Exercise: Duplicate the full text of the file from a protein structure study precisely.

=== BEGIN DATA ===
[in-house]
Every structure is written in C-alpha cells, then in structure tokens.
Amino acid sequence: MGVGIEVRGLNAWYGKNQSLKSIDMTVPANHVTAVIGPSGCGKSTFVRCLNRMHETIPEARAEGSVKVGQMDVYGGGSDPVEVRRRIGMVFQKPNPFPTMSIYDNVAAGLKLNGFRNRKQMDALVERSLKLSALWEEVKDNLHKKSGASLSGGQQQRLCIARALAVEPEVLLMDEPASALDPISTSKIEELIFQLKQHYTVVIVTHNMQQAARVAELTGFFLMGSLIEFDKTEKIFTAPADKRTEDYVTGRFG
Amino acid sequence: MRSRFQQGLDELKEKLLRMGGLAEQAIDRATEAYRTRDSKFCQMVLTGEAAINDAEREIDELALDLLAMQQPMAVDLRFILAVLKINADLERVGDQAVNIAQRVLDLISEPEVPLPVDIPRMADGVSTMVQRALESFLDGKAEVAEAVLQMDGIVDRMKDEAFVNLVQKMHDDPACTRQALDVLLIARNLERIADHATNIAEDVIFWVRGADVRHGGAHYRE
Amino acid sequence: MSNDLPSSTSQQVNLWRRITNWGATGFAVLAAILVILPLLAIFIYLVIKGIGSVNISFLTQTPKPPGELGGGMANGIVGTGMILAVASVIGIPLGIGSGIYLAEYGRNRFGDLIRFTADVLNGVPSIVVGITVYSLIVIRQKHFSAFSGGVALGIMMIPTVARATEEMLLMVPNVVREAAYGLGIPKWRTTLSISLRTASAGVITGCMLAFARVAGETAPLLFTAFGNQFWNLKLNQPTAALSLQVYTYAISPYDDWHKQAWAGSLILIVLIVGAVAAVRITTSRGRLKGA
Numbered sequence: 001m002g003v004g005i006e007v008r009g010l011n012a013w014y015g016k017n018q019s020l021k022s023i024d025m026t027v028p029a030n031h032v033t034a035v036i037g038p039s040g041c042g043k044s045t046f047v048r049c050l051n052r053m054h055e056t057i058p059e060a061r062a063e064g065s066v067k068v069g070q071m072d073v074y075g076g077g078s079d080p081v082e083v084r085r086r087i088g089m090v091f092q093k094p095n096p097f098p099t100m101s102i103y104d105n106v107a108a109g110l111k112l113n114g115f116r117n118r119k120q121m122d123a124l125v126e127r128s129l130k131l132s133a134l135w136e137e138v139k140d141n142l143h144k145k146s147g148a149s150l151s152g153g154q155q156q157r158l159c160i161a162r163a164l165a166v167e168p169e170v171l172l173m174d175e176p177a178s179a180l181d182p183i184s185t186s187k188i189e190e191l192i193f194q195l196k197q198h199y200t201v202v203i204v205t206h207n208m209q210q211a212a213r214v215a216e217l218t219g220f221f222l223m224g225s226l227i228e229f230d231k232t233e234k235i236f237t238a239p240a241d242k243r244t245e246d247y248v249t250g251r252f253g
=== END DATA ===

[in-house]
Every structure is written in C-alpha cells, then in structure tokens.
Amino acid sequence: MGVGIEVRGLNAWYGKNQSLKSIDMTVPANHVTAVIGPSGCGKSTFVRCLNRMHETIPEARAEGSVKVGQMDVYGGGSDPVEVRRRIGMVFQKPNPFPTMSIYDNVAAGLKLNGFRNRKQMDALVERSLKLSALWEEVKDNLHKKSGASLSGGQQQRLCIARALAVEPEVLLMDEPASALDPISTSKIEELIFQLKQHYTVVIVTHNMQQAARVAELTGFFLMGSLIEFDKTEKIFTAPADKRTEDYVTGRFG
Amino acid sequence: MRSRFQQGLDELKEKLLRMGGLAEQAIDRATEAYRTRDSKFCQMVLTGEAAINDAEREIDELALDLLAMQQPMAVDLRFILAVLKINADLERVGDQAVNIAQRVLDLISEPEVPLPVDIPRMADGVSTMVQRALESFLDGKAEVAEAVLQMDGIVDRMKDEAFVNLVQKMHDDPACTRQALDVLLIARNLERIADHATNIAEDVIFWVRGADVRHGGAHYRE
Amino acid sequence: MSNDLPSSTSQQVNLWRRITNWGATGFAVLAAILVILPLLAIFIYLVIKGIGSVNISFLTQTPKPPGELGGGMANGIVGTGMILAVASVIGIPLGIGSGIYLAEYGRNRFGDLIRFTADVLNGVPSIVVGITVYSLIVIRQKHFSAFSGGVALGIMMIPTVARATEEMLLMVPNVVREAAYGLGIPKWRTTLSISLRTASAGVITGCMLAFARVAGETAPLLFTAFGNQFWNLKLNQPTAALSLQVYTYAISPYDDWHKQAWAGSLILIVLIVGAVAAVRITTSRGRLKGA
Numbered sequence: 001m002g003v004g005i006e007v008r009g010l011n012a013w014y015g016k017n018q019s020l021k022s023i024d025m026t027v028p029a030n031h032v033t034a035v036i037g038p039s040g041c042g043k044s045t046f047v048r049c050l051n052r053m054h055e056t057i058p059e060a061r062a063e064g065s066v067k068v069g070q071m072d073v074y075g076g077g078s079d080p081v082e083v084r085r086r087i088g089m090v091f092q093k094p095n096p097f098p099t100m101s102i103y104d105n106v107a108a109g110l111k112l113n114g115f116r117n118r119k120q121m122d123a124l125v126e127r128s129l130k131l132s133a134l135w136e137e138v139k140d141n142l143h144k145k146s147g148a149s150l151s152g153g154q155q156q157r158l159c160i161a162r163a164l165a166v167e168p169e170v171l172l173m174d175e176p177a178s179a180l181d182p183i184s185t186s187k188i189e190e191l192i193f194q195l196k197q198h199y200t201v202v203i204v205t206h207n208m209q210q211a212a213r214v215a216e217l218t219g220f221f222l223m224g225s226l227i228e229f230d231k232t233e234k235i236f237t238a239p240a241d242k243r244t245e246d247y248v249t250g251r252f253g